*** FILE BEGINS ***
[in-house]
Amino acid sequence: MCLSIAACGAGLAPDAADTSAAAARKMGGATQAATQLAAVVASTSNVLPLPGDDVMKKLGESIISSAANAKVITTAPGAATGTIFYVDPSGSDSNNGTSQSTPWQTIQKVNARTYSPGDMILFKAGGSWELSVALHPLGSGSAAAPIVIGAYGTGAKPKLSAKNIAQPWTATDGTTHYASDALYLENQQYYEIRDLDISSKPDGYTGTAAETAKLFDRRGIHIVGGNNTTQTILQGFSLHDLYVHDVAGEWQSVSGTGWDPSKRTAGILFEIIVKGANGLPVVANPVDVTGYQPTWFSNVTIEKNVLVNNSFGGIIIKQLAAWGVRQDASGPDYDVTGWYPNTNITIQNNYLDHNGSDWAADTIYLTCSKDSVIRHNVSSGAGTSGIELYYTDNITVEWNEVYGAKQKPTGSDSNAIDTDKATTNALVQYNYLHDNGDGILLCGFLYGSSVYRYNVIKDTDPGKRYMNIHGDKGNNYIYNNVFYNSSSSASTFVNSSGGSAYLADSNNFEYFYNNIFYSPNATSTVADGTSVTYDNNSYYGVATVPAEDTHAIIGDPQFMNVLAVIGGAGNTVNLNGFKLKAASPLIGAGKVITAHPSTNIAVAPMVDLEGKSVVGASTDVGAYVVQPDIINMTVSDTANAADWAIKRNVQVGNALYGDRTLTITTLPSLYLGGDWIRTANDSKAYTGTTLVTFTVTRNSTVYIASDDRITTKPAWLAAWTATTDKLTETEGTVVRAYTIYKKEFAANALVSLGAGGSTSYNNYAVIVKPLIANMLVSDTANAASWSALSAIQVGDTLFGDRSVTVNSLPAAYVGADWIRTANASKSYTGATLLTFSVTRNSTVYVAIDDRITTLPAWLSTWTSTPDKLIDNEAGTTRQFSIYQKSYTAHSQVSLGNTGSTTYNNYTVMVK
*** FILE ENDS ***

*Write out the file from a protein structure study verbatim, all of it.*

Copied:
[in-house]
Amino acid sequence: MCLSIAACGAGLAPDAADTSAAAARKMGGATQAATQLAAVVASTSNVLPLPGDDVMKKLGESIISSAANAKVITTAPGAATGTIFYVDPSGSDSNNGTSQSTPWQTIQKVNARTYSPGDMILFKAGGSWELSVALHPLGSGSAAAPIVIGAYGTGAKPKLSAKNIAQPWTATDGTTHYASDALYLENQQYYEIRDLDISSKPDGYTGTAAETAKLFDRRGIHIVGGNNTTQTILQGFSLHDLYVHDVAGEWQSVSGTGWDPSKRTAGILFEIIVKGANGLPVVANPVDVTGYQPTWFSNVTIEKNVLVNNSFGGIIIKQLAAWGVRQDASGPDYDVTGWYPNTNITIQNNYLDHNGSDWAADTIYLTCSKDSVIRHNVSSGAGTSGIELYYTDNITVEWNEVYGAKQKPTGSDSNAIDTDKATTNALVQYNYLHDNGDGILLCGFLYGSSVYRYNVIKDTDPGKRYMNIHGDKGNNYIYNNVFYNSSSSASTFVNSSGGSAYLADSNNFEYFYNNIFYSPNATSTVADGTSVTYDNNSYYGVATVPAEDTHAIIGDPQFMNVLAVIGGAGNTVNLNGFKLKAASPLIGAGKVITAHPSTNIAVAPMVDLEGKSVVGASTDVGAYVVQPDIINMTVSDTANAADWAIKRNVQVGNALYGDRTLTITTLPSLYLGGDWIRTANDSKAYTGTTLVTFTVTRNSTVYIASDDRITTKPAWLAAWTATTDKLTETEGTVVRAYTIYKKEFAANALVSLGAGGSTSYNNYAVIVKPLIANMLVSDTANAASWSALSAIQVGDTLFGDRSVTVNSLPAAYVGADWIRTANASKSYTGATLLTFSVTRNSTVYVAIDDRITTLPAWLSTWTSTPDKLIDNEAGTTRQFSIYQKSYTAHSQVSLGNTGSTTYNNYTVMVK